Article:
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SUNY Potsdam college council talks shared services, uncertain future

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POTSDAM — While students enjoyed their last day of classes, cautious optimism on the prospects for shared services with SUNY Canton permeated a meeting of the SUNY Potsdam college council Friday afternoon.

“At this point you’ve all read about what is going on in Albany,” said council chairman Roger B. Linden. “In the course of the next several years decisions will be made impacting that campus and this campus that will affect the future of both institutions.”

The discussion comes to a point with the retirement of Michael D. Lewis, the school’s vice president for business affairs. When Mr. Lewis announced his retirement, the schools received directions from SUNY Central to hire a joint Chief Financial Officer for each campus, an idea that has not been entirely abandoned, said John F. Schwaller, university president.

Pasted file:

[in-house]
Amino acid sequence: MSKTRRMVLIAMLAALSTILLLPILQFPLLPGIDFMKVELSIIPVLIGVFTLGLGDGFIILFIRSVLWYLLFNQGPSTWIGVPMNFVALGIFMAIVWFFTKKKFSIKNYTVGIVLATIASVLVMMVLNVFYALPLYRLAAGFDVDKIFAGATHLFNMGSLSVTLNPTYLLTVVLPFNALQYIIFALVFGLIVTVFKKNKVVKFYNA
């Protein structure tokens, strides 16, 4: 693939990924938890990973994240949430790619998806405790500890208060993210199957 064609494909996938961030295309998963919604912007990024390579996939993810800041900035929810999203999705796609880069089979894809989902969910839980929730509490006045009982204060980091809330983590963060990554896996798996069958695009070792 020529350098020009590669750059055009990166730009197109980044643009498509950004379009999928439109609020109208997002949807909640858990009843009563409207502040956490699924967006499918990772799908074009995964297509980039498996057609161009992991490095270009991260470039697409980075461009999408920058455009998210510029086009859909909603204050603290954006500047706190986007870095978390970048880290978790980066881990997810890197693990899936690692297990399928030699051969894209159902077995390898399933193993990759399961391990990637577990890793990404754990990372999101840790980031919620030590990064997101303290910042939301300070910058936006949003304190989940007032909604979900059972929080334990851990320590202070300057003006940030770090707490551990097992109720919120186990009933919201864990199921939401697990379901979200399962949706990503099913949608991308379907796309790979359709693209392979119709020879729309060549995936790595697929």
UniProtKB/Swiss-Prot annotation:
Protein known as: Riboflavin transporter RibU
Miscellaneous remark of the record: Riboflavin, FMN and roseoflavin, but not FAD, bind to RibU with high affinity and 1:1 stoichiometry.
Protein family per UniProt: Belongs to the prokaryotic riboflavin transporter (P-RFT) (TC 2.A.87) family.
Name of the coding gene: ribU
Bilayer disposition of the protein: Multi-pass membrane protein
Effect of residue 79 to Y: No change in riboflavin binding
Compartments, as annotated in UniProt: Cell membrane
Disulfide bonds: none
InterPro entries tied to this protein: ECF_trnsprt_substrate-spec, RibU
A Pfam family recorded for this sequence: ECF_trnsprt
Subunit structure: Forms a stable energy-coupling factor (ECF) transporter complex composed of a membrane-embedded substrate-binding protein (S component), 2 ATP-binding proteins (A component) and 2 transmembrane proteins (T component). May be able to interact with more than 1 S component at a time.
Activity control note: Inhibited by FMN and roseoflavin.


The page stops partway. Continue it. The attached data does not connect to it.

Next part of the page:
“Our search for a new vice president for business affairs is coming along well,” he said. “All three finalists have visited this campus and SUNY Canton. Chancellor (Nancy L.) Zimpher has emphasized this should be a shared position.”

In a March 25 meeting of the college councils for both institutions, the joint CFO proposal was soundly rejected. SUNY Central responded with a request that the universities continue to look at shared services while it waits for a report from Mr. Schwaller and Joseph L. Kennedy, due to the SUNY Chancellor’s office by July 15

Faculty felt the uncertainty on campus, said Jan Trybula, faculty senate representative.

“Folks are still quiet and hunkered down right now,” he said. “They are a little confused about the Canton-Potsdam situation.”

Mr. Linden echoed the sentiment.

“Take a number,” he said.

Mr. Schwaller also said that both colleges continue to look closely at the prospect for sharing services, a process that led to an idea for shared academic programs in areas where one campus might offer a major or minor the other does not.

“The germ of the proposal is to move forward in sharing administrative services, but we have discovered other areas,” he said. “These are real win-win kinds of scenarios.”

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